3885 Tuesday, 13 July 2010
[The accused entered court]
--- Upon commencing at 2.19 p.m.
JUDGE FLUEGGE: Good afternoon to everybody. The witness should be brought in.
[The witness takes the stand]
JUDGE FLUEGGE: Good afternoon, sir. Welcome back.
THE WITNESS: Good afternoon, sir.
JUDGE FLUEGGE: I would like to remind you that the affirmation to tell the truth still applies. I hope you receive Dutch interpretation.
THE WITNESS: [Interpretation] Yes, I'm receiving it.
JUDGE FLUEGGE: And I think Mr. Thayer has some additional questions for you.
MR. THAYER: Good afternoon, Mr. President. Good afternoon to Your Honours. Good afternoon General Tolimir, my learned friends. Good afternoon, everyone.
WITNESS: CORNELIS NICOLAI [Resumed]
[Witness answered through interpreter] Examination by Mr. Thayer: [Continued]
Q. Good afternoon, General. We left off yesterday looking at an intercept taken by the Bosnian MUP of a conversation which you recalled you had with General Tolimir in the afternoon of 8 July. You recall 3886 that, sir?
A. Yes, I can remember that.
Q. What I'd like to do next and for the next series of questions and documents is review with you some reports of other telephone conversations that occurred subsequent to that. These reports were admitted during your testimony in the last trial so we won't dwell on those much at all, but what I want to do is show you, as you and I did together on Sunday, some intercepts as well as some transcripts of cassette tapes which were seized during a search, and ask you whether you can draw any conclusions about what you are reading with respect to the conversations you had. So that's what I want to do with you for a little bit of time now.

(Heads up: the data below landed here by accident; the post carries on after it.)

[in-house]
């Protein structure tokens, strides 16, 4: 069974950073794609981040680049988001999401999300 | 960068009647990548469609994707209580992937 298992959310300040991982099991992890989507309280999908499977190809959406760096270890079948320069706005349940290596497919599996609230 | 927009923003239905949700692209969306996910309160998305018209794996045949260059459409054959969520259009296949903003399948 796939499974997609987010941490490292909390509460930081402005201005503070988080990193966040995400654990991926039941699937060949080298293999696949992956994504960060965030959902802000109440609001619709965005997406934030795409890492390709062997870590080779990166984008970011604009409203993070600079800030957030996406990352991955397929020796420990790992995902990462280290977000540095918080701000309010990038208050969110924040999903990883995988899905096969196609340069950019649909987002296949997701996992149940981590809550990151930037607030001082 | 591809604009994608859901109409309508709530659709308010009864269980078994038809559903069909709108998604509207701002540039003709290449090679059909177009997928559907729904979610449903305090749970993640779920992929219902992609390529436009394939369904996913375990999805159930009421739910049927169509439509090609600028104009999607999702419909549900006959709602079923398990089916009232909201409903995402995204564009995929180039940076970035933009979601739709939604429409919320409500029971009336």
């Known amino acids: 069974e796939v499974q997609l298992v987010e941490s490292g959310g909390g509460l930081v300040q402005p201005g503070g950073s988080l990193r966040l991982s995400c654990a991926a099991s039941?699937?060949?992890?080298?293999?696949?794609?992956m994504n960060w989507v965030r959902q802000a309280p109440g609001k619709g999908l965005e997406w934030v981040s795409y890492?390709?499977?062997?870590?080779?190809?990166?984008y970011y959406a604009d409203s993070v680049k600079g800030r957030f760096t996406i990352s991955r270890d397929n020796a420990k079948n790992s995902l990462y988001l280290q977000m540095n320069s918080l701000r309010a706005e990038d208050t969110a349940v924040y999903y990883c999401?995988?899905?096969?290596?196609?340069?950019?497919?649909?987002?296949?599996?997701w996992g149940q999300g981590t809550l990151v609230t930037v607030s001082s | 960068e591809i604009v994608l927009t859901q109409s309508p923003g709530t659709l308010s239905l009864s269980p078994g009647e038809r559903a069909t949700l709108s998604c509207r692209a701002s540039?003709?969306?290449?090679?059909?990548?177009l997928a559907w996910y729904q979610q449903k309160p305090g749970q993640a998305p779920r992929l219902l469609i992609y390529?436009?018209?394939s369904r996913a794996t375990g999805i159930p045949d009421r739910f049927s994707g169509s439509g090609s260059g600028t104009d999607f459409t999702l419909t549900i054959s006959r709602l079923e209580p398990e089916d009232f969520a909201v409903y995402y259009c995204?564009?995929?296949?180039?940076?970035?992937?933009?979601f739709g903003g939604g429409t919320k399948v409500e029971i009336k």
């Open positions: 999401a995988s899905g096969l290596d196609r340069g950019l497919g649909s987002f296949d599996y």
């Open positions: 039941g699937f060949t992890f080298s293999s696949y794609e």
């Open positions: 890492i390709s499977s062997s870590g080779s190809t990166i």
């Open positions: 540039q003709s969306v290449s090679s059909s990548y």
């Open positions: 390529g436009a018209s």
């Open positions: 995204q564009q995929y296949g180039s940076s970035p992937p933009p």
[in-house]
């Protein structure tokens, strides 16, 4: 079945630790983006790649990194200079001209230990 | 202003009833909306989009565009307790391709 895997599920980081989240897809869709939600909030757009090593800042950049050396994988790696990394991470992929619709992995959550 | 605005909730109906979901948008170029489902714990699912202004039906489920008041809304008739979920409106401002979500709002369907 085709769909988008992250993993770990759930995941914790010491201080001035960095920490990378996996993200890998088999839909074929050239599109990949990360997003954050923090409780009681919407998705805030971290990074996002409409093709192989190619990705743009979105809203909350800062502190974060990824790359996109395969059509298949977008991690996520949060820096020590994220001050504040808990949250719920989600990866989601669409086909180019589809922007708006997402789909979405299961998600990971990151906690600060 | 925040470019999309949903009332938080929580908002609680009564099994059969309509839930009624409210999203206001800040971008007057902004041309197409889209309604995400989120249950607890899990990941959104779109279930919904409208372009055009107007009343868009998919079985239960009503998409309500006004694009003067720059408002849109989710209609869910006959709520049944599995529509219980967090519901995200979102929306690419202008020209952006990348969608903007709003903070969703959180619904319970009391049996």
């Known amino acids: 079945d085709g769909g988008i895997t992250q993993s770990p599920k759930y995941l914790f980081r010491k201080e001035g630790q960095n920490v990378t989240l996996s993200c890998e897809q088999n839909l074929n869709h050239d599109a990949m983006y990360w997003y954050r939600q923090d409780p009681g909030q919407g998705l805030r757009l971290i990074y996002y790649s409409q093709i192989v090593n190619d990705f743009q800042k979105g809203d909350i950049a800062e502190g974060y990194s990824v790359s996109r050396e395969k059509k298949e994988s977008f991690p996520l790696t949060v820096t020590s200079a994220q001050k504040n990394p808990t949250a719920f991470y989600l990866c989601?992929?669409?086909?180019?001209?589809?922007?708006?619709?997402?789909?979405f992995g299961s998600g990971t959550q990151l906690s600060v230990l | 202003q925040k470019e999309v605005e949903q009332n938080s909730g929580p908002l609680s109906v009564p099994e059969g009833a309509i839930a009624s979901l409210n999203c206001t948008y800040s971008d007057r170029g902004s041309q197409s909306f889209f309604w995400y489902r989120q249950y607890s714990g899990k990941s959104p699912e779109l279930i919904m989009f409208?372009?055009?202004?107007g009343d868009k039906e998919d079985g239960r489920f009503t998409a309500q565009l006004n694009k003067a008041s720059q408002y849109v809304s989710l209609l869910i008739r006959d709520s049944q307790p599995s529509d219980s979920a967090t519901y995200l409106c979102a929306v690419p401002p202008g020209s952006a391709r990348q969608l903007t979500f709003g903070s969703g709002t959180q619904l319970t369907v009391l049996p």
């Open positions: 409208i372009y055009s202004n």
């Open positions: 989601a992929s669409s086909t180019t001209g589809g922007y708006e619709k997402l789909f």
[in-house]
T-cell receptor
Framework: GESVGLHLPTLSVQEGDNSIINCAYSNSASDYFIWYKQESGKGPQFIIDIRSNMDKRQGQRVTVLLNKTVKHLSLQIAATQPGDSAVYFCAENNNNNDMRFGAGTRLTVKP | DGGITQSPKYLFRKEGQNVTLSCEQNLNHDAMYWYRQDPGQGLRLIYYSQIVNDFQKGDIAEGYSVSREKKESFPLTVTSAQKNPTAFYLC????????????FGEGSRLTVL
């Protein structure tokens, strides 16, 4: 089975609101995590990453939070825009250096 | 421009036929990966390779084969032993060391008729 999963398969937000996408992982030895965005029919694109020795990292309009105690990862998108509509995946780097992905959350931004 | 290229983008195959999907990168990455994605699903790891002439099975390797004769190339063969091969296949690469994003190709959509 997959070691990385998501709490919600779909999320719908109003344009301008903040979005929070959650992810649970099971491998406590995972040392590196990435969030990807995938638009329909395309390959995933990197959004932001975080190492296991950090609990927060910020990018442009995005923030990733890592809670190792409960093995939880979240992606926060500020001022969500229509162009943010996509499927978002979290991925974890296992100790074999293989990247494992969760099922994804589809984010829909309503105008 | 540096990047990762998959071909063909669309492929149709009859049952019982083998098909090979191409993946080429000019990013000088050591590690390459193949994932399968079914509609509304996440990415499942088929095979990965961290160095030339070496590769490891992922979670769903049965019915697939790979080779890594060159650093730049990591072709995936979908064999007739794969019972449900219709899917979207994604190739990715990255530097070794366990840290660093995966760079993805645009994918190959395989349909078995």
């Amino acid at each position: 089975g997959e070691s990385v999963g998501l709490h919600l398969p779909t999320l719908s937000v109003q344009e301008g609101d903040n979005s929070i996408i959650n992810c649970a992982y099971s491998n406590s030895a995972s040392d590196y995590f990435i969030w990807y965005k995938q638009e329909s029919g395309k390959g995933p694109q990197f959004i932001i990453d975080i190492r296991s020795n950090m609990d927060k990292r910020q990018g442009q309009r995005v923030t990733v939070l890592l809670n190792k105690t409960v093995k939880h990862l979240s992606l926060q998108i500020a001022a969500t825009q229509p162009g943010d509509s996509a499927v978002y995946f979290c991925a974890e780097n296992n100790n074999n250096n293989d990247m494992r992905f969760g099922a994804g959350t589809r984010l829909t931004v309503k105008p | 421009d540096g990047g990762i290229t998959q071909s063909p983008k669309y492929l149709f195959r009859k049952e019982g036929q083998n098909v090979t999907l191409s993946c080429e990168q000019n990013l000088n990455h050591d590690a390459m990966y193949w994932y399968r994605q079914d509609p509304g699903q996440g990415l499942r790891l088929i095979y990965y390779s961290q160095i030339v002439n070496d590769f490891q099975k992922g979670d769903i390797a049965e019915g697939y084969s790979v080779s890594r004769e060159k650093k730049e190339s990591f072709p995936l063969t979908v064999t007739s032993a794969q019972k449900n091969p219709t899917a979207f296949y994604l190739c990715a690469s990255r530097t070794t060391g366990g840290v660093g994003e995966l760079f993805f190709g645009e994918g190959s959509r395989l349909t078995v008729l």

MR. THAYER: And if we may have P679 on e-court, please.
Q. Now, you spoke about this yesterday and I note that this conversation occurred at 1945 hours. The OP Foxtrot is the OP from which the Dutch peacekeepers were withdrawing and Private van Renssen was subsequently killed, just to set the background. Is that correct, sir?
A. That's correct.
Q. And we see here that you refer to General Tolimir's promise that UNPROFOR in UN positions would not be attacked and that there are two other UNPROFOR positions that have been surrounded. When you refer to two other UNPROFOR positions, what are you talking about?
A. Well, I don't remember the letters used to designate them, but there were two other observation posts that were attacked.
Q. Okay. So we are talking about static positions in any event; is 3887 that correct?
A. [In English] Yeah, that's correct. [Interpretation] Yes, that's correct.
Q. Okay. And again I'm going to try to slow down a little bit and leave a pause after your answer so we have the double interpretation eased up a little bit.
MR. THAYER: What I'd like to look at now is P309, please. And this should be under seal and not broadcast, please, Mr. President.
Q. Okay. We have here a Bosnian MUP intercept dated 8 July, and it starts off with report number 513 at 1725 hours.
MR. THAYER: What I'd like to do is go to page 3 of this document in e-court, which is page 2 of the B/C/S, and look at another report or another intercept which was contained in this report. Thank you.
Q. We see here report number 515, and this reports on a conversation intercepted at 1950 hours which is a five-minute difference from the report that your military assistant made. If you would take a moment and read what we have here in English, and when you are ready to go to the second page, just let us know, please.
A. Yes, I'm ready. Yes, I've read it.
Q. Okay. On the previous page you just read, there's a reference to the observation post and an attack, and then here we see X who is identified as a VRS officer, according to the intercept, writing down what is being said to him. And he says, "It's happening again," and then later, a couple of lines down, we see him writing down a fax number and noting it as fax number 5-Pirot and then 195. 3888 General, based on your recollection of these events, can you relate this intercept to any prior conversation -- or any conversations you had with General Tolimir; and if so, what is this intercept about?